[Date Prev][Date Next]   [Thread Prev][Thread Next]   [Thread Index] [Date Index] [Author Index]

Re: Decoding arguments passed to system calls



On Tue, 2007-07-03 at 07:57 -0400, Stephen Smalley wrote:
> On Tue, 2007-07-03 at 00:23 +0100, Matthew Booth wrote:
> > On Tue, 2007-07-03 at 10:48 +1200, Darryl Dixon - Winterhouse Consulting
> > wrote:
> > > Hi Matt,
> > > 
> > > Thank you for your very thorough response. What you say about not being
> > > able to audit 'write()' is worrying to me. The problem with auditing write
> > > by inference from open(), is that one doesn't know *when* the file was
> > > written, or even if it really ever was at all (eg, was data written
> > > continuously from open() to close(), or only sporadically over the course
> > > of hours or days?). Auditing for actual alterations is definitely
> > > something that we need to be able to track. Assuming for a moment that we
> > > have beefy enough hardware ( heh ), can the path be extracted from write()
> > > as with your example for open() above? My assumption would have been that
> > > CWD reflected only where the exe was launched from, and not necessarily
> > > where the write()-en file was located...
> > 
> > Well, you can audit write(). The question is whether you can handle the
> > resulting data volume.
> > 
> > read() and write() don't generate a PATH record. The only time at which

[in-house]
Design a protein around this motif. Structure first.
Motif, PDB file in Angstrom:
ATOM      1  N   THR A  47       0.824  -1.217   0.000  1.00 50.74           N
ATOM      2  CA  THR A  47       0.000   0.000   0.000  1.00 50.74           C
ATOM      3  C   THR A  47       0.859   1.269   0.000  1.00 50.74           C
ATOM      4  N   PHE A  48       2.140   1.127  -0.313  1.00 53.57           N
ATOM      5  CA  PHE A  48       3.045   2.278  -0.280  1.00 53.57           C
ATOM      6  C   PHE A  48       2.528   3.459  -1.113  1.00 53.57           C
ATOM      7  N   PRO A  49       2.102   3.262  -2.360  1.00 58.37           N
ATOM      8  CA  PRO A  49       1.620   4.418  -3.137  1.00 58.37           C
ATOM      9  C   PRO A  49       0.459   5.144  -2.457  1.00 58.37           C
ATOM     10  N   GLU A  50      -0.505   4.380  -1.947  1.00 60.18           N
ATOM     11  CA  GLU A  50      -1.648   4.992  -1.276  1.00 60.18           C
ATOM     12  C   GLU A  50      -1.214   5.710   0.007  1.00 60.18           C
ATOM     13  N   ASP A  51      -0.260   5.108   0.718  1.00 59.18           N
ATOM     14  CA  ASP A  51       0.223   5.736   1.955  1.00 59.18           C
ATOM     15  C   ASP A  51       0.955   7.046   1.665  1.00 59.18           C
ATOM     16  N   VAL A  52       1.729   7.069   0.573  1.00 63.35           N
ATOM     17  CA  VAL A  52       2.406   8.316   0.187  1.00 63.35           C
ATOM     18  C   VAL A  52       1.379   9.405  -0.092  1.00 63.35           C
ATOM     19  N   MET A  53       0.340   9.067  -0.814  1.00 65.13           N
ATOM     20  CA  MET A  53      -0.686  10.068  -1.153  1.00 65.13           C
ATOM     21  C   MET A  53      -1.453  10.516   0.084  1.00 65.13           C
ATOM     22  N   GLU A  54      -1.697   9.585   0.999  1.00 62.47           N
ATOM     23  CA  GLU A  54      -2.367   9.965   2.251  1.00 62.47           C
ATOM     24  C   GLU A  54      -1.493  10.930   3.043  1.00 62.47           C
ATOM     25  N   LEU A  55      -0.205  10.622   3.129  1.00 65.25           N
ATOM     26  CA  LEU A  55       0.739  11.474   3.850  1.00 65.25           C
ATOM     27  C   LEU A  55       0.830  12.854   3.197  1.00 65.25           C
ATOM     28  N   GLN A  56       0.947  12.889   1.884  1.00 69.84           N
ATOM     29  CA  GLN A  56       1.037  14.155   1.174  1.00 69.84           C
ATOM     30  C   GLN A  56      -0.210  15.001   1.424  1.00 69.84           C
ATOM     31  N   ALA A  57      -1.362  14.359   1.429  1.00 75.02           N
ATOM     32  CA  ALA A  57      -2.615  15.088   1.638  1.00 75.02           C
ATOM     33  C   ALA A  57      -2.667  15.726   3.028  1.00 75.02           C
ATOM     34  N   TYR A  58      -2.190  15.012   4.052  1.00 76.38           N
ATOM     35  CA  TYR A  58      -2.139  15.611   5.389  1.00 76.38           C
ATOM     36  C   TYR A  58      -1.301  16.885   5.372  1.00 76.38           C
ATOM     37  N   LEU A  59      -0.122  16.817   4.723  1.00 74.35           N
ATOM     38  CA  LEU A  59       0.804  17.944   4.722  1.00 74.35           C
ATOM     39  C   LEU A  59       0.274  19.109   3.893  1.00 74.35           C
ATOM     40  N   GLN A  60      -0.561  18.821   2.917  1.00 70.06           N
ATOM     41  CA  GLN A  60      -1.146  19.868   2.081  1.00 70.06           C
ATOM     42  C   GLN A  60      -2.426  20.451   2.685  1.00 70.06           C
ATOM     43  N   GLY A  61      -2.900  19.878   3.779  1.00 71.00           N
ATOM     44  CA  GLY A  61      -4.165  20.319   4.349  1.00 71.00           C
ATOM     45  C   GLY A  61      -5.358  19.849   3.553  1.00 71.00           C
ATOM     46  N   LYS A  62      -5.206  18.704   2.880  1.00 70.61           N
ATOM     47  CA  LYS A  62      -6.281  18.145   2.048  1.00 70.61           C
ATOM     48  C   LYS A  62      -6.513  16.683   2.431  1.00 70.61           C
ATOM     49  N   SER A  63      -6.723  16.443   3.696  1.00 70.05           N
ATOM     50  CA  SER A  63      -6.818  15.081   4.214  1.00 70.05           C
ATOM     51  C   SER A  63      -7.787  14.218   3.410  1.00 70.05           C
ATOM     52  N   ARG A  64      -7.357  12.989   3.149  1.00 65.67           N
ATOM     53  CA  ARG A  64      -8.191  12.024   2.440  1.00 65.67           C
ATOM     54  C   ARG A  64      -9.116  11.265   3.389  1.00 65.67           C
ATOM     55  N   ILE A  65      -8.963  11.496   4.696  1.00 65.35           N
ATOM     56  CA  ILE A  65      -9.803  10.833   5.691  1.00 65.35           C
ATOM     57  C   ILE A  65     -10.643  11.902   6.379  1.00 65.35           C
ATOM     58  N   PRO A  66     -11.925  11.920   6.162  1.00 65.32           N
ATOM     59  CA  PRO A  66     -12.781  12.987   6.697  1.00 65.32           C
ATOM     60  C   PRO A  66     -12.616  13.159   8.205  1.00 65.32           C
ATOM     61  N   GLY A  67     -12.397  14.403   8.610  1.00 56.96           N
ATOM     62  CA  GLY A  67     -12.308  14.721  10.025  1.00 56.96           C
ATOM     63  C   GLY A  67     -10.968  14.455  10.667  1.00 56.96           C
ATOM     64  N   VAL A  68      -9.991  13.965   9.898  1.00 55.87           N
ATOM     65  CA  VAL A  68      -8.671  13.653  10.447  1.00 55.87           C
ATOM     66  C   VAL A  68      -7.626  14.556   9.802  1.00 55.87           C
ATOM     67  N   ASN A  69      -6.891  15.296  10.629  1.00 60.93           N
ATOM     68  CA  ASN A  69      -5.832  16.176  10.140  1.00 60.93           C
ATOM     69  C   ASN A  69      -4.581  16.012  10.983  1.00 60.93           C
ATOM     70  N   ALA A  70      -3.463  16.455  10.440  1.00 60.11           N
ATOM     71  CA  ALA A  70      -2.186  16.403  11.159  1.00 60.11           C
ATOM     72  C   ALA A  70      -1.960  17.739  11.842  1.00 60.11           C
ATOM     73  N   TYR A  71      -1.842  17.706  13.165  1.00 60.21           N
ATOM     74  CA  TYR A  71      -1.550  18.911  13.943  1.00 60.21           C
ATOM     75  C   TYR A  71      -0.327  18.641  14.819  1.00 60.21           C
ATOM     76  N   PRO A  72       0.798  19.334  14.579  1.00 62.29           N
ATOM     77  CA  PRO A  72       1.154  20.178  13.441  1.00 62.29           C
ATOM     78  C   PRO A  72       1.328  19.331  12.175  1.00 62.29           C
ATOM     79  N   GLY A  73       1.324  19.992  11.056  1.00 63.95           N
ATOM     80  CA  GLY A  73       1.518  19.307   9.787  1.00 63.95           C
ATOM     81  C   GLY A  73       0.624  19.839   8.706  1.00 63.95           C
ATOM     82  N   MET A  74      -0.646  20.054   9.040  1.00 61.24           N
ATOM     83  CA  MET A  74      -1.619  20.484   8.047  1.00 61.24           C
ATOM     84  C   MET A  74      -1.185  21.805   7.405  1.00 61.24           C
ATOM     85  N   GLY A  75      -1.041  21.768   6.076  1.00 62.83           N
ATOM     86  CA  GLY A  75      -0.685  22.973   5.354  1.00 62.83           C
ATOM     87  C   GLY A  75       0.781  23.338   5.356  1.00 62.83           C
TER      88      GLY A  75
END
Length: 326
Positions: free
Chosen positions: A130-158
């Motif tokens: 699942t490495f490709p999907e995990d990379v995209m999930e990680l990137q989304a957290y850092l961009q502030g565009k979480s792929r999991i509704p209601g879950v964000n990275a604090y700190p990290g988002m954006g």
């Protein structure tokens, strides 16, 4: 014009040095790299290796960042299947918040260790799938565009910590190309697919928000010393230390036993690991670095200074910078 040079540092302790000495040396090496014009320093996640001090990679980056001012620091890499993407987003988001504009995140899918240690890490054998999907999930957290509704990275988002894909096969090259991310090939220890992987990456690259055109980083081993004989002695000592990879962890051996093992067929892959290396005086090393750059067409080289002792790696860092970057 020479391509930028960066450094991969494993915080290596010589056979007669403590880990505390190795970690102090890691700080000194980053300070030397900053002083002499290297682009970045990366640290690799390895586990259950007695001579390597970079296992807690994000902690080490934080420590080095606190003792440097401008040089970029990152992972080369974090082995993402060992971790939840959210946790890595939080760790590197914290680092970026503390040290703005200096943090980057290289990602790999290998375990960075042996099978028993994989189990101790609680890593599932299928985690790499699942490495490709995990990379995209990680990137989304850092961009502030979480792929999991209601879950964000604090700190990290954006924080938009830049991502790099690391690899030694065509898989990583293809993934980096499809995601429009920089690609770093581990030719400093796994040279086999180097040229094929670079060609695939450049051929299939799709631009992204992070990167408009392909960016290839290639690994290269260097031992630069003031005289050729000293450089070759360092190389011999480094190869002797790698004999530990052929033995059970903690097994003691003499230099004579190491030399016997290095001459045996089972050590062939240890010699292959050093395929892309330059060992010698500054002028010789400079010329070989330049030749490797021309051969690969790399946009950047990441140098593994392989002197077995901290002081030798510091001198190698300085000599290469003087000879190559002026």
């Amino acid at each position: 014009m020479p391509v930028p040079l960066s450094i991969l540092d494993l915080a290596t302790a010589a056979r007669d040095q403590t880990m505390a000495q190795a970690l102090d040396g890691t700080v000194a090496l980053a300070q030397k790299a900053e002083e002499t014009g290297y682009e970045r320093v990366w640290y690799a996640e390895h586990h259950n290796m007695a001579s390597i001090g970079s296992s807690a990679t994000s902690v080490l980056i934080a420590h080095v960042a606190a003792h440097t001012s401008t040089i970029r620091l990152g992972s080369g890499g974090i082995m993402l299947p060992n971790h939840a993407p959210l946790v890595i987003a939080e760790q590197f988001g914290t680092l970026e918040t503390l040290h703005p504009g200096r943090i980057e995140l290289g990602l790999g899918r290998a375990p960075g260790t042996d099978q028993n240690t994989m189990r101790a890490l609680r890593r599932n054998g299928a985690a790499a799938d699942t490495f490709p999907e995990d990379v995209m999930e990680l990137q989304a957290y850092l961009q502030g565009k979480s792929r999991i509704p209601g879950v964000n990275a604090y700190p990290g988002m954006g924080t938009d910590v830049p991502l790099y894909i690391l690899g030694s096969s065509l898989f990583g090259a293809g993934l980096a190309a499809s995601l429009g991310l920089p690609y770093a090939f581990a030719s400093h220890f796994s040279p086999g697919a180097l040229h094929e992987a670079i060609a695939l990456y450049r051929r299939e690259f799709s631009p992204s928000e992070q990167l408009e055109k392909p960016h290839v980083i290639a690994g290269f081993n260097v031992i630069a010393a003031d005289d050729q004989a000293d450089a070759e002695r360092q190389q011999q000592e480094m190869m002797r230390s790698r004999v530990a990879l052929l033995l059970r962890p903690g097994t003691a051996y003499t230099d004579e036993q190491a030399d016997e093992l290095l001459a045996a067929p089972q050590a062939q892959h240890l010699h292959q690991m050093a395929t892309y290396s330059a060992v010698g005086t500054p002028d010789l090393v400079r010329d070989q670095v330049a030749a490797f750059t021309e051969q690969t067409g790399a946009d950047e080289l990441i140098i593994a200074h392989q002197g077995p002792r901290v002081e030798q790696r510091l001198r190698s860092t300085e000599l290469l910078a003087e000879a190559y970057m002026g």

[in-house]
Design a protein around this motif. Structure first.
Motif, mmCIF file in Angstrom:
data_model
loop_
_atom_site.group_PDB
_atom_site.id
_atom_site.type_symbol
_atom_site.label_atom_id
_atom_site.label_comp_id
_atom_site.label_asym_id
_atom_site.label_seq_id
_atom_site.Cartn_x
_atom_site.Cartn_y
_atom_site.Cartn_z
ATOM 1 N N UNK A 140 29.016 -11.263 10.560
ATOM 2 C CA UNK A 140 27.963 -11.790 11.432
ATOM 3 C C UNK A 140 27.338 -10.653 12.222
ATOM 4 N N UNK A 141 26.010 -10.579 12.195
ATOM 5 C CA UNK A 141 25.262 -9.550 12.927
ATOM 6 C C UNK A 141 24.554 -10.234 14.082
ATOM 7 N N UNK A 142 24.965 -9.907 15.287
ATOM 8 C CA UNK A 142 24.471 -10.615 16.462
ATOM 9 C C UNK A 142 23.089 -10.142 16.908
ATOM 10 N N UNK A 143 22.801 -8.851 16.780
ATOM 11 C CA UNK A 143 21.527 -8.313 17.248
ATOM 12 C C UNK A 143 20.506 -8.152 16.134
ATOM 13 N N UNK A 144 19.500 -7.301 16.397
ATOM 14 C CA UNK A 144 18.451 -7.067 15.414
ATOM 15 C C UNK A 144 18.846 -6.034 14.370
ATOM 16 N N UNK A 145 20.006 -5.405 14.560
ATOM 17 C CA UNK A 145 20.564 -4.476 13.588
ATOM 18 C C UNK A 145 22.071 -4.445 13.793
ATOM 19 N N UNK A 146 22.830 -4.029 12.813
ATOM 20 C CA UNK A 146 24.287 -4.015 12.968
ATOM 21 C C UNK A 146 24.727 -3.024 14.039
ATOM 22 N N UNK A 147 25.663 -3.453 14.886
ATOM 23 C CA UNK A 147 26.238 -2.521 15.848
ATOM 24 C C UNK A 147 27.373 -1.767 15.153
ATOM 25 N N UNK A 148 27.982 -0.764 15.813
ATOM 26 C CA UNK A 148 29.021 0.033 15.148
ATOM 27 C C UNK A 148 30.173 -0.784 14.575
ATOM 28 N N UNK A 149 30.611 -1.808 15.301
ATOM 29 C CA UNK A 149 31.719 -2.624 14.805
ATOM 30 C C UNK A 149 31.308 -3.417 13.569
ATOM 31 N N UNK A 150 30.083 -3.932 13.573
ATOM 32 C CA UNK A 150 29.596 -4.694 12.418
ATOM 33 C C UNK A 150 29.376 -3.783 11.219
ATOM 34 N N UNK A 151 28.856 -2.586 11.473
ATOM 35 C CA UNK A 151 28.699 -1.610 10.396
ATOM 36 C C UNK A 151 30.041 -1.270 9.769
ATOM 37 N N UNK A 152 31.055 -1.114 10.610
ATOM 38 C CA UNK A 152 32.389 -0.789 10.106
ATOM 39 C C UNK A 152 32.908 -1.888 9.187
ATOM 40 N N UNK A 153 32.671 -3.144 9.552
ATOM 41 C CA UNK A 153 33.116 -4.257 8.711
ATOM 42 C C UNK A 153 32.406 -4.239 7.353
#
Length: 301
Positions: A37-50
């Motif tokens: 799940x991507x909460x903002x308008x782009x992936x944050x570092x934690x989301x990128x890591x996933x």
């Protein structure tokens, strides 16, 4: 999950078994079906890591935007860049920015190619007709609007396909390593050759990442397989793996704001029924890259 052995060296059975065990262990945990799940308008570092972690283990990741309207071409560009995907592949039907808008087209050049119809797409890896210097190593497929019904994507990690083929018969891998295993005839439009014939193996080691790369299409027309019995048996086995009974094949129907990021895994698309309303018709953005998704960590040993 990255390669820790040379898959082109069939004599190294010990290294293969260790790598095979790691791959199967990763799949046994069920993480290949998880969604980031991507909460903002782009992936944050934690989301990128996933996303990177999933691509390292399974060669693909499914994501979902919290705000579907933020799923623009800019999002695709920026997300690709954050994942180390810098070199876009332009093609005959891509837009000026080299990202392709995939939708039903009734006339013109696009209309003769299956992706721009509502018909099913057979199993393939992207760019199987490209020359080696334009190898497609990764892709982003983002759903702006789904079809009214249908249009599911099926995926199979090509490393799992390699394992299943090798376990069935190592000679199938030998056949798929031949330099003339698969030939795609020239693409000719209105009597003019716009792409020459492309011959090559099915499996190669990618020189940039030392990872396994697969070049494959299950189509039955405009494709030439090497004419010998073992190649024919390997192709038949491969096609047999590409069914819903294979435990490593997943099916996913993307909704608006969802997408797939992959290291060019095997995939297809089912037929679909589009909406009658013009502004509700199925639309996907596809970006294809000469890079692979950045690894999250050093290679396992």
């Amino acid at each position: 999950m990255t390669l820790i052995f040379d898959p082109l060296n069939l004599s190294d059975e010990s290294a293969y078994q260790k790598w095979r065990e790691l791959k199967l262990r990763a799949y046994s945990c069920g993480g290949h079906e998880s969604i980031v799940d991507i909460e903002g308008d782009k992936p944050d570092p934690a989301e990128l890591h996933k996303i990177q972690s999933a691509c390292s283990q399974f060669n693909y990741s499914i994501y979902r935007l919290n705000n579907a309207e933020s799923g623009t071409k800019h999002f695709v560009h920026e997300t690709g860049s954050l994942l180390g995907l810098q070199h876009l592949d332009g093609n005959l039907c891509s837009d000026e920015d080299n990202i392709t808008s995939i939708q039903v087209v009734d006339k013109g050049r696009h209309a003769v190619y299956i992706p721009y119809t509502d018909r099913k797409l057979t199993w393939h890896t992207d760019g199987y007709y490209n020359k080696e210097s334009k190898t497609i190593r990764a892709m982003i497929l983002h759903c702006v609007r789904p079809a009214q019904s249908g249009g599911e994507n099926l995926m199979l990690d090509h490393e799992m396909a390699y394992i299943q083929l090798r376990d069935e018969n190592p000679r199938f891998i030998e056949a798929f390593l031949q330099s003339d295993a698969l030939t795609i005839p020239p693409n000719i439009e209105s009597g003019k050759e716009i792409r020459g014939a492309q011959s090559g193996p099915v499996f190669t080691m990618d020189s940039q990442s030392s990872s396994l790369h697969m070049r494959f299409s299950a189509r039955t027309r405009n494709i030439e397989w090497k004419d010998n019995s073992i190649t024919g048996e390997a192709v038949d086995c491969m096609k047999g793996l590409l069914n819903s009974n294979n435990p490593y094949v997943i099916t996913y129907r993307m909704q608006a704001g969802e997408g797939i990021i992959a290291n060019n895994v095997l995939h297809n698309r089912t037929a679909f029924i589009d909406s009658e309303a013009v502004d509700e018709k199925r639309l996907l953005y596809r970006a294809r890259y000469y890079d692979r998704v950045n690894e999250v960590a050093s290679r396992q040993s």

> > a path is relevant is at the time the file is opened. Once the file is
> > opened, it can have zero or more paths, which can all change without
> > affecting the open file. An open file is genuinely divorced from its
> > path.
> > 
> > That said, it's *not* divorced from its filesystem, which I understand
> > is what you're really looking for. Unfortunately that information
> > doesn't appear to live on its own in the audit trail, and it's not
> > available to filter on for these calls. This would leave you having to
> > audit all read() and write() calls and filtering them in
> > post-processing. I doubt this would be a practical solution.
> 
> Another option might be to audit based on SELinux type, if the files in
> question can have a different type than the rest of the files.  A
> SELinux audit message on write would generate an AVC_PATH record.
> 
> Example:
> $ vi myaudit.te
> policy_module(myaudit, 1.0)
> require {
> 	attribute domain;
> 	type etc_t;
> }
> auditallow domain etc_t:file write;
> :q
> 
> $ make -f /usr/share/selinux/devel/Makefile myaudit.pp
> $ su
> # /usr/sbin/semodule -i myaudit.pp
> # vi /etc/fstab
> :wq
> 
> Audit log contains:
> type=AVC msg=audit(1183463480.620:6351): avc:  granted  { write } for  pid=13773 comm="vi" name="fstab" dev=dm-0 ino=1280187 scontext=user_u:system_r:unconfined_t:s0 tcontext=user_u:object_r:etc_t:s0 tclass=file
> type=SYSCALL msg=audit(1183463480.620:6351): arch=40000003 syscall=4 success=yes exit=767 a0=3 a1=9047510 a2=2ff a3=2ff items=0 ppid=13662 pid=13773 auid=4204 uid=0 gid=0 euid=0 suid=0 fsuid=0 egid=0 sgid=0 fsgid=0 tty=pts2 comm="vi" exe="/bin/vi" subj=user_u:system_r:unconfined_t:s0 key=(null)
> type=AVC_PATH msg=audit(1183463480.620:6351):  path="/etc/fstab"

One caveat though - auditing of write() won't catch all possible ways of
modifying the file data, e.g. one could mmap() the file with MAP_SHARED
and then write to the memory, followed by msync or munmap.

-- 
Stephen Smalley
National Security Agency


[Date Prev][Date Next]   [Thread Prev][Thread Next]   [Thread Index] [Date Index] [Author Index]